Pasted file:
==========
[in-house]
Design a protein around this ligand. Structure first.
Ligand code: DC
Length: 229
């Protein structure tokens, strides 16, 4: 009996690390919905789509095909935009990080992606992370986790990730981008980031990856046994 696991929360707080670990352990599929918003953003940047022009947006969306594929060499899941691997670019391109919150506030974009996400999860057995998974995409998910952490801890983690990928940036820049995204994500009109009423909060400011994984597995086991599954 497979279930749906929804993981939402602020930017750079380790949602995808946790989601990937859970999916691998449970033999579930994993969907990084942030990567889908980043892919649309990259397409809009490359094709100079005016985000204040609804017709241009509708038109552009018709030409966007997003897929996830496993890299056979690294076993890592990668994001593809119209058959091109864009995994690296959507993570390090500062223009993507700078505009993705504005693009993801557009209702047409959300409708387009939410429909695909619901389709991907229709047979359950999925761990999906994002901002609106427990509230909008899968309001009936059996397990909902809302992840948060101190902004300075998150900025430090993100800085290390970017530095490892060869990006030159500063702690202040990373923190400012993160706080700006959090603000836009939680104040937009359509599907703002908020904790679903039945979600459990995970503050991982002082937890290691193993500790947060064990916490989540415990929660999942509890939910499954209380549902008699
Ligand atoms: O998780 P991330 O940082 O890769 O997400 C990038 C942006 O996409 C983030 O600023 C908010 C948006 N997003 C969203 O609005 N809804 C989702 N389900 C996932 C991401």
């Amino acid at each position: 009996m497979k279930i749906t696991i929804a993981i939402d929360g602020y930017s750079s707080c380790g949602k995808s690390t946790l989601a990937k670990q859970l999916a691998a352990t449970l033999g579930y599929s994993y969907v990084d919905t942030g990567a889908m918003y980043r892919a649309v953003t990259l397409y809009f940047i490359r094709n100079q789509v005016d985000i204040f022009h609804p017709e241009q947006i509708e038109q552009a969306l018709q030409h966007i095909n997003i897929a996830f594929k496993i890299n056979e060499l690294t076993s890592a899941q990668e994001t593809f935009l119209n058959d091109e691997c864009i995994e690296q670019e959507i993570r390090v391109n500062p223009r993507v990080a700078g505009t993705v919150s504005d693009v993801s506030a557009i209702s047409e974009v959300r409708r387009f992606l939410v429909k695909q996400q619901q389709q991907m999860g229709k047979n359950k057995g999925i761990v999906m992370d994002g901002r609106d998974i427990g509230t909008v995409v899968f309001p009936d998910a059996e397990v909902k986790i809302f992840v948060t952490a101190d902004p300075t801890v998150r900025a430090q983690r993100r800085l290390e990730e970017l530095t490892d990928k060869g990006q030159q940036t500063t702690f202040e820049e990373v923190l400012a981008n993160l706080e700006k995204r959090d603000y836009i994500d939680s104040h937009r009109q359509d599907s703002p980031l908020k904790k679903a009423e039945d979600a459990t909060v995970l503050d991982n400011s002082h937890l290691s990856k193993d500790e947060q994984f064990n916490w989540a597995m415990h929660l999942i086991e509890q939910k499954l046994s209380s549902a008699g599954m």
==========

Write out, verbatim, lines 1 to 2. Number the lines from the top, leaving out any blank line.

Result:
[in-house]
Design a protein around this ligand. Structure first.